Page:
From six in the morning to five in the afternoon the bandits rampaged the place, tearing up the beds, digging through every box and corner, and whipping even the women and children without mercy to make them tell where money might be hidden. That night the believers left their ruined farm and fled to the hills. Christian Wurtz was now fifteen years old and his brother Andreas, eight. With their two remaining sisters and baby brother they hid with the rest and helped look for food during the day. In the middle of the winter Anna Wurtz died. She was nineteen. Then Sarah, the twelve-year-old died, and Christian, Andreas, and Michael the baby, were all that remained of the Wurtz family.

In the spring, the three brothers fled with the believers in the direction of Moldova. Time after time they fell into the hands of robbers until penniless and nearly starved, they met a Russian general. He had mercy on them, took them to his overseer, and after another thousand mile trek they arrived at Vishenka in the Ukraine.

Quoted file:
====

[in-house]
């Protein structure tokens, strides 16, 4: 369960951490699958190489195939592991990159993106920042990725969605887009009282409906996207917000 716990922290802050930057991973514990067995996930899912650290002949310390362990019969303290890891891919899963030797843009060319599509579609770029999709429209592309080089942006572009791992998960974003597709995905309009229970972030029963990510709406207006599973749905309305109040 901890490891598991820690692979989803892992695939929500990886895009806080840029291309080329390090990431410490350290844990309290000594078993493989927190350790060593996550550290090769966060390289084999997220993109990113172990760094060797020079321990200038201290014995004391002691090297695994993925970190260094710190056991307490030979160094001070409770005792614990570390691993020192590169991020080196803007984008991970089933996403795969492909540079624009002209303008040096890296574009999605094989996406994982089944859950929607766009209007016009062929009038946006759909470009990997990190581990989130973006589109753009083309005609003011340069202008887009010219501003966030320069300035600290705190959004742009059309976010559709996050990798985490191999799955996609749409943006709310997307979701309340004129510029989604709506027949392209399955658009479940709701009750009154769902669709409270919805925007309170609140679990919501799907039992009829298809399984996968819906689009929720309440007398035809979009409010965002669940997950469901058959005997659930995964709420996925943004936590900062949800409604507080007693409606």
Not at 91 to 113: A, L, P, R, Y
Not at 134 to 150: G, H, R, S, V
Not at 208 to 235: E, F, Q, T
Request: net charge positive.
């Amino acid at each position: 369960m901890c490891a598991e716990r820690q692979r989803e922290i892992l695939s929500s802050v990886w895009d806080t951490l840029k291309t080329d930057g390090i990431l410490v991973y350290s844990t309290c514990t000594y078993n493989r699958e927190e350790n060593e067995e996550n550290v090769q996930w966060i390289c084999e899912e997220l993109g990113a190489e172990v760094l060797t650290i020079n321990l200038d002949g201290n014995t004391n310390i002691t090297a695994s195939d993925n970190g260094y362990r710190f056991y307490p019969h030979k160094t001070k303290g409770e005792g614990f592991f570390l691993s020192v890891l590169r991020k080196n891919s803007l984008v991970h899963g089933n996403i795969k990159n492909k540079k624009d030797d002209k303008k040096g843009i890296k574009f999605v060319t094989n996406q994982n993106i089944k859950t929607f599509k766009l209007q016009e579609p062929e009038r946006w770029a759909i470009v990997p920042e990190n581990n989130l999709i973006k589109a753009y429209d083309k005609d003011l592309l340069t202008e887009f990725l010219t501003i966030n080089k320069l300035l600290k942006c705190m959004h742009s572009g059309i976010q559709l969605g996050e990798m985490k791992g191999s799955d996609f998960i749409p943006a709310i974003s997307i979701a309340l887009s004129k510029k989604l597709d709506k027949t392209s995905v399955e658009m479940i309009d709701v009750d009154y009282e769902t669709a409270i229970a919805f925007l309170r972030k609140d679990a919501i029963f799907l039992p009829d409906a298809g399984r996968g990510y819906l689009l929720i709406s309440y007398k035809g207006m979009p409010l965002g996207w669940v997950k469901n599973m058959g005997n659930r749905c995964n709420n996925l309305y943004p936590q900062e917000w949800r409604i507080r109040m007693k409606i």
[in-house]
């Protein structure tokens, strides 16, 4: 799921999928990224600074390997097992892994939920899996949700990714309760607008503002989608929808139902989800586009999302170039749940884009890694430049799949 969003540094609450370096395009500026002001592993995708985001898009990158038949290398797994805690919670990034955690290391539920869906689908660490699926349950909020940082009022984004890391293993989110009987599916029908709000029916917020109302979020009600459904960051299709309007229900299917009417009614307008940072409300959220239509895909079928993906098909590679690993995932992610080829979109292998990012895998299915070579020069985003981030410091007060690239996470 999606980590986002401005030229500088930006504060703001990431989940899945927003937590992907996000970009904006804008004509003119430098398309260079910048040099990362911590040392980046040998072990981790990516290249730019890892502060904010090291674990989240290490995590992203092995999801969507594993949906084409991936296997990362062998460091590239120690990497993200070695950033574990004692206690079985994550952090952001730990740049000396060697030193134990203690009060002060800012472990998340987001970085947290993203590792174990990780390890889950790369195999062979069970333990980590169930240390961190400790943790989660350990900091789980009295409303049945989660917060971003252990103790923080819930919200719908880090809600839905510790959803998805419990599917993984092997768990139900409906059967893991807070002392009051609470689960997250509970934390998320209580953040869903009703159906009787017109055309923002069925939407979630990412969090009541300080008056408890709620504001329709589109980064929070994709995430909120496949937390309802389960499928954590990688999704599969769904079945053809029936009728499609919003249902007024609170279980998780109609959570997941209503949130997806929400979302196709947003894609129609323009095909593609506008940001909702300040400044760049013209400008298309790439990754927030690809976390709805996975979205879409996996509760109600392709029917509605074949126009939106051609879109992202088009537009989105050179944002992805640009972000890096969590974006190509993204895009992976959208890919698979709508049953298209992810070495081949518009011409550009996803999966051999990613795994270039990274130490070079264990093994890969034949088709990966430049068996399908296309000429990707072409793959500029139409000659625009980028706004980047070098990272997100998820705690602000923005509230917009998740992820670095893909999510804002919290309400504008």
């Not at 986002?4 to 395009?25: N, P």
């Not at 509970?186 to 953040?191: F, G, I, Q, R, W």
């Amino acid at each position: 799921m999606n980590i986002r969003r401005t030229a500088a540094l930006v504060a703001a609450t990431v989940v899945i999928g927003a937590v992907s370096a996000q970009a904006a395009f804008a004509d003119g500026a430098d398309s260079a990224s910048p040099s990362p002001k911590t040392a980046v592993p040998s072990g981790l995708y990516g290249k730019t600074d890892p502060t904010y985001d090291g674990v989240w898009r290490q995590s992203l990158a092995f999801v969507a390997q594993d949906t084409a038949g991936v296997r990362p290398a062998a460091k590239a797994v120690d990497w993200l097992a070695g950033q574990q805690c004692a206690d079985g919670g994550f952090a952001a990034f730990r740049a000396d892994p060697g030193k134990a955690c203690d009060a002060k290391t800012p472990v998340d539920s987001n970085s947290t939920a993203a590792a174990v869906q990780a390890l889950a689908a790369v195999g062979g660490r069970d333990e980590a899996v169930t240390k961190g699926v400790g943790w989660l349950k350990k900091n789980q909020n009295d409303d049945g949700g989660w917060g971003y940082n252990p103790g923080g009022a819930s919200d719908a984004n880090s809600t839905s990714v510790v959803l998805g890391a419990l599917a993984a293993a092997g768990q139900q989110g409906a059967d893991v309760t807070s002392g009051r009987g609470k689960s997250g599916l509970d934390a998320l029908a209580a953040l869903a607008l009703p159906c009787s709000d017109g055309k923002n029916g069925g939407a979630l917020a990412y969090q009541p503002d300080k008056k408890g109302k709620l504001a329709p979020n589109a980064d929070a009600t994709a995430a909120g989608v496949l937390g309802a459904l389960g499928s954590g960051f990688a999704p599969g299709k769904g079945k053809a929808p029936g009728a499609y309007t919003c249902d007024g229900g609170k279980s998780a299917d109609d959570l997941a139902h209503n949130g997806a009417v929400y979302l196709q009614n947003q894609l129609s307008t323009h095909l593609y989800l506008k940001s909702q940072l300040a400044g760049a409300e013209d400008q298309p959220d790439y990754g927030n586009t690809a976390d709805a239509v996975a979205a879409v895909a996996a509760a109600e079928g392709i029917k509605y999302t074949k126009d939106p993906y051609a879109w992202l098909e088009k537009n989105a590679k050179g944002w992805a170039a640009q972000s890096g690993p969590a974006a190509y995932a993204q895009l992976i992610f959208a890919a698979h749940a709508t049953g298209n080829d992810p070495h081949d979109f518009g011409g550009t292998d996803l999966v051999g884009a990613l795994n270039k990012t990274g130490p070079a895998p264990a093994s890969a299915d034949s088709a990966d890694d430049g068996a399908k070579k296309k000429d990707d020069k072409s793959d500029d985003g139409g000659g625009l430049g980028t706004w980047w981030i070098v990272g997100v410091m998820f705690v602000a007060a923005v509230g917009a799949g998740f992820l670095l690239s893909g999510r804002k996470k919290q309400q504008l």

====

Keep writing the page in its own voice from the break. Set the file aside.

There, starting with nothing but faith in Christ, the believers rebuilt their community. Andreas Wurtz grew up among them, married Rebecca Glanzer when he was 24 years old, and became a servant of the Word. His son Christian Wurtz married Anna Wollman and moved to the village of Hutterthal, near the Molochna Mennonite Colony in the southern Ukraine. Christian’s son Michael Wurtz married Esther Wollman with whom he travelled through Odessa, Constantinople, London, Liverpool, and New York, to Bon Homme Colony in South Dakota in 1874. His son, also named Michael Wurtz, came to America on the same ship with his wife Rachel and four children. But he died young. After digging a cistern he turned sick and never recovered. His son Joseph married Anna Waldner, and their son Jakob Wurtz with his wife Susie, most of his fifteen children and more than a hundred grandchildren lives at the Elmendorf community in America. He is the grandfather and great-grandfather of the Wurtzes living at Rocky Cape in Tasmania.